The court issues a permanent order against Chan, in part based on Chan’s supposed violations of the (ex parte) temporary order. Chan appealed. By request of his counsel, the appeal was transferred from the Georgia court of appeals to its supreme court. (Prof. Volokh participated as amicus on behalf of the EFF and Aaron Caplan, a law prof at Loyola who has written a bunch on how these types of ex parte no-contact orders can raise First Amendment issues.) The trial court’s order is striking in its breadth:
I am cautiously optimistic that the Georgia Supreme Court will formally recognize the merits of my arguments that the lower court ignored and disregarded. Nevertheless, I also understand that appeals are always an uphill battle for any appellant. Given this, it is reassuring to read Venkat’s assessment of the problems of the protective order.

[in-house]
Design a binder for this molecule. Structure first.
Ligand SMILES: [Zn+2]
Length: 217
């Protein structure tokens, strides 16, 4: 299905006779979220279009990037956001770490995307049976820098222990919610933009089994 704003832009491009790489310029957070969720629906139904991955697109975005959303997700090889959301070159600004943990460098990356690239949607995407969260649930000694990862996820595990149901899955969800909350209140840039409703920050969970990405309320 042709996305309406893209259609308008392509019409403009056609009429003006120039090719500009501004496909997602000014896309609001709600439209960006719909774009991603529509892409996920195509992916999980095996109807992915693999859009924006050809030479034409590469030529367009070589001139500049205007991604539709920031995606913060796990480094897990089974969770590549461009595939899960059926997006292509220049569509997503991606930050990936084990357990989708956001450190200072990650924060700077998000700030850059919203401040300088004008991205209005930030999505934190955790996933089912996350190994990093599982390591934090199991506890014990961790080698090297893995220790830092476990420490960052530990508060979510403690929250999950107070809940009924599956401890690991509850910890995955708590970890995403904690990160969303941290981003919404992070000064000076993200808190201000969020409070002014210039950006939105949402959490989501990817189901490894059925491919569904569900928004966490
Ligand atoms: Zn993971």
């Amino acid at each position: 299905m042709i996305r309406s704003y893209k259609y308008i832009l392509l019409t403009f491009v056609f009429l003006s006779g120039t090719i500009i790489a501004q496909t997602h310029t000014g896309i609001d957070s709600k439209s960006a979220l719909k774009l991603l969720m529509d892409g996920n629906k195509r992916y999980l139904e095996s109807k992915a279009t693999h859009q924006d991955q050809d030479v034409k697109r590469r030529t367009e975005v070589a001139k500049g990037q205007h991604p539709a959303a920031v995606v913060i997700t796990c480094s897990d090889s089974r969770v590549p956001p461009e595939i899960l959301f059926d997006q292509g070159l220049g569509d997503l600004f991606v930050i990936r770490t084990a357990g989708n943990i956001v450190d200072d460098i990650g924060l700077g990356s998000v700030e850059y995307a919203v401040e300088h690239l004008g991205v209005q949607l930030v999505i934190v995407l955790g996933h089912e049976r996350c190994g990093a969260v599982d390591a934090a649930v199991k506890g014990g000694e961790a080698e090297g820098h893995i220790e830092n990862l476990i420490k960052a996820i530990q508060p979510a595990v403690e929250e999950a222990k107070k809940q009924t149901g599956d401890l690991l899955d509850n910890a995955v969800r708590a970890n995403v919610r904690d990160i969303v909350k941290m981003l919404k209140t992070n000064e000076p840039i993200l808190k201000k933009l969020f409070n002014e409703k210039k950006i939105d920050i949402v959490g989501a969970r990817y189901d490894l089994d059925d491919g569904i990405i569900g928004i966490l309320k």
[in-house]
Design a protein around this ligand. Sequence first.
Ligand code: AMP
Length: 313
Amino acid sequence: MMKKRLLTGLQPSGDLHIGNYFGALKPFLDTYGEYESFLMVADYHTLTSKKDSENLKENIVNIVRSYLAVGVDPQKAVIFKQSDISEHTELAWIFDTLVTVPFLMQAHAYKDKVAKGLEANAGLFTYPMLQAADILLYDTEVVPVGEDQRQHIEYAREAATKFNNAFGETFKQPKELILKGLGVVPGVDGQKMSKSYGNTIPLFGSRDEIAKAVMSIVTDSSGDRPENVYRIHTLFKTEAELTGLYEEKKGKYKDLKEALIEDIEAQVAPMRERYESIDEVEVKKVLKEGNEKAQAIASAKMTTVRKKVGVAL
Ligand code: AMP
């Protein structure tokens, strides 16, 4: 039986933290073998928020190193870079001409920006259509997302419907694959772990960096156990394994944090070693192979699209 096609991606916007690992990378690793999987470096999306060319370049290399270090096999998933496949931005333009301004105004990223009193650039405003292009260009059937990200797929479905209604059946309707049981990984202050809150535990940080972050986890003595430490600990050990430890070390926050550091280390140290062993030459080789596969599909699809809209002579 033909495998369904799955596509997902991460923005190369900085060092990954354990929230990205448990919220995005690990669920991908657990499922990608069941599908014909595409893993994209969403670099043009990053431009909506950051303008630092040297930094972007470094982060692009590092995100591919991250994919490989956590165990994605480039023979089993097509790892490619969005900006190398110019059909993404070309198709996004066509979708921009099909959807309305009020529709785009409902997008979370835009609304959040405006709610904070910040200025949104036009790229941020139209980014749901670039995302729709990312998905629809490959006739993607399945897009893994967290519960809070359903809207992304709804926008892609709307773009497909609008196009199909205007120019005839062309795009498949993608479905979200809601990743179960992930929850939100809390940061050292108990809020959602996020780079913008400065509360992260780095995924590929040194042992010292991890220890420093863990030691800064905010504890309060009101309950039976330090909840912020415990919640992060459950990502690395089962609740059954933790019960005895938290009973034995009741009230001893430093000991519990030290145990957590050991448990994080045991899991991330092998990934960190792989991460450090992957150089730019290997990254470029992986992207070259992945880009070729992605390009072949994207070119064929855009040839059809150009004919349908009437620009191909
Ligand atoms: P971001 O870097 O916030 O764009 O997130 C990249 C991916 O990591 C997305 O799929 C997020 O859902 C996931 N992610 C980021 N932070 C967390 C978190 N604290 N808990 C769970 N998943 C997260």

It’s fairly obvious that this order has little chance of surviving unscathed. Three of the most glaring problems are: (1) even assuming some posts by Chan did make Ellis reasonably fearful for her safety, there is no basis to remove the other posts; (2) banning Chan from talking about Ellis in the future is a prior restraint; and (3) Chan is not responsible for the comments posted by others and neither the content of these posts nor his failure to remove them should form the basis of liability to Chan (nor should he be required to remove their posts).
Venkat provides further analysis by asking some very important questions that I believe the Georgia Supreme Court will acknowledge and answer.